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Can DDB’s Kassaei turn back the awards tide?

There’s a fierce rivalry between WPP and Omnicom (as you may have noticed) and the most visible stage for it in recent years has been the battle for creative awards, most notably at the Cannes International Festival of Creativity.

Recently the Network of the Year award has gone to WPP’s Ogilvy & Mather, unseating Omnicom’s BBDO, which still wins most other such baubles. WPP has been the Cannes Network of the Year ever since the award was instituted, possibly at WPP’s behest. As the biggest marcoms company it bloody well should win it, of course.

Now the CCO of another famous Omnicom network, Amir Kassaei of DDB (below), has upped the ante – threatening to pull out of some awards or, at least, reduce DDB’s number of entries. Kassaei has previously accused WPP media agencies of skullduggery in the Cannes media awards.

Which certainly won’t be music to the ears of Cannes operator Ascential (formerly Top Right Group and, before that, EMAP) which is planning an £800m IPO next month.

Kassaei says that winning awards only means that “you are good at winning awards,” not that you’re the best agency. There’s probably some truth in this. What’s undeniable is that the cost of putting on a good show in the major awards is going up and up. Ogilvy is said by some to have spent $10m on its presence at Cannes two years ago. That may be another reason for Kassaei’s disenchantment.

But winning awards undoubtedly helps some agencies – adam&eveDDB in the UK (Cannes Agency of the Year in 2014) has certainly used its successes to boost its new business performance. DDB elsewhere, as its rivals will gleefully point out, has not performed as strongly.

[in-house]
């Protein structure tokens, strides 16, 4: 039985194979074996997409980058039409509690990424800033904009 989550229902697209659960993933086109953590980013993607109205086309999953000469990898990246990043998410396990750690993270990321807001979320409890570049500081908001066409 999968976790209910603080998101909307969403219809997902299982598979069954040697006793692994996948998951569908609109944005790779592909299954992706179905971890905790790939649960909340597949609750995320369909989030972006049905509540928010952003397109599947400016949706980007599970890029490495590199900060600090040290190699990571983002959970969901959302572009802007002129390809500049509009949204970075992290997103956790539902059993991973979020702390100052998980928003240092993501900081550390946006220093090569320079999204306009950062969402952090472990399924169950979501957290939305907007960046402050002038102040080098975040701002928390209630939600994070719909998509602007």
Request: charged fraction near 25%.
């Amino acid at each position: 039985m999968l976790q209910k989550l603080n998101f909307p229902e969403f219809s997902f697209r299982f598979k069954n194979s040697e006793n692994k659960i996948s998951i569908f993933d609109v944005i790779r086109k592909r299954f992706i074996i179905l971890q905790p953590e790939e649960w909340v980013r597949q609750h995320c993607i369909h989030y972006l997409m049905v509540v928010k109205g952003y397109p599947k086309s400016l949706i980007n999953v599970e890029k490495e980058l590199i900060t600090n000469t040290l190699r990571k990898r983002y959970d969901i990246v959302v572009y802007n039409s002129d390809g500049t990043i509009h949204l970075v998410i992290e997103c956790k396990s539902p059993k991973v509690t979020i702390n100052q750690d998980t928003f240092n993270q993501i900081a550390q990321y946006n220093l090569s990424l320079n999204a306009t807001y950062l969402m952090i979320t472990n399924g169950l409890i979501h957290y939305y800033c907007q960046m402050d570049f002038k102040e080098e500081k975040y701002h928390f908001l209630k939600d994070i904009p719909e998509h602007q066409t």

So are Kassaei’s various complaints justified or just sour grapes? Ad awards used to be about distinguished practitioners awarding outstanding work. This was judged on craft terms – the assumption being that well-crafted advertising did the job better than stuff that wasn’t.

It’s much more complicated than that these days, with all sorts of (possibly spurious) submissions along with the craft element. That could be changed. And organisers could place a limit on how many submissions one agency or network could make. That would certainly make overall rankings fairer (and pigs might fly, of course).

And submitting ads that only run to qualify for an award should be more harshly treated. Maybe with an outright ban (those pigs again..).

So it doesn’t look like it’s going to happen does it? But we’ll see what Kassaei, DDB and, indeed, Omnicom come up with.

Oh, hang on a minute, what about clients? It’s their money – ultimately – after all. The assumption has always been that clients find awards a useful way of judging and selecting the agencies they want. They certainly seem to turn up in large number to events like Cannes. But do they really? Perhaps a client or two will enlighten us.

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About Stephen Foster

Stephen is a former editor of Marketing Week and London Evening Standard advertising columnist. He wrote City Republic for Brand Republic and is a partner in communications consultancy The Editorial Partnership.

One comment

  1. More than anything else, I’m hearing agencies complain that there is little (if any) correlation between their winning metal and their ability to win or hold on to business.

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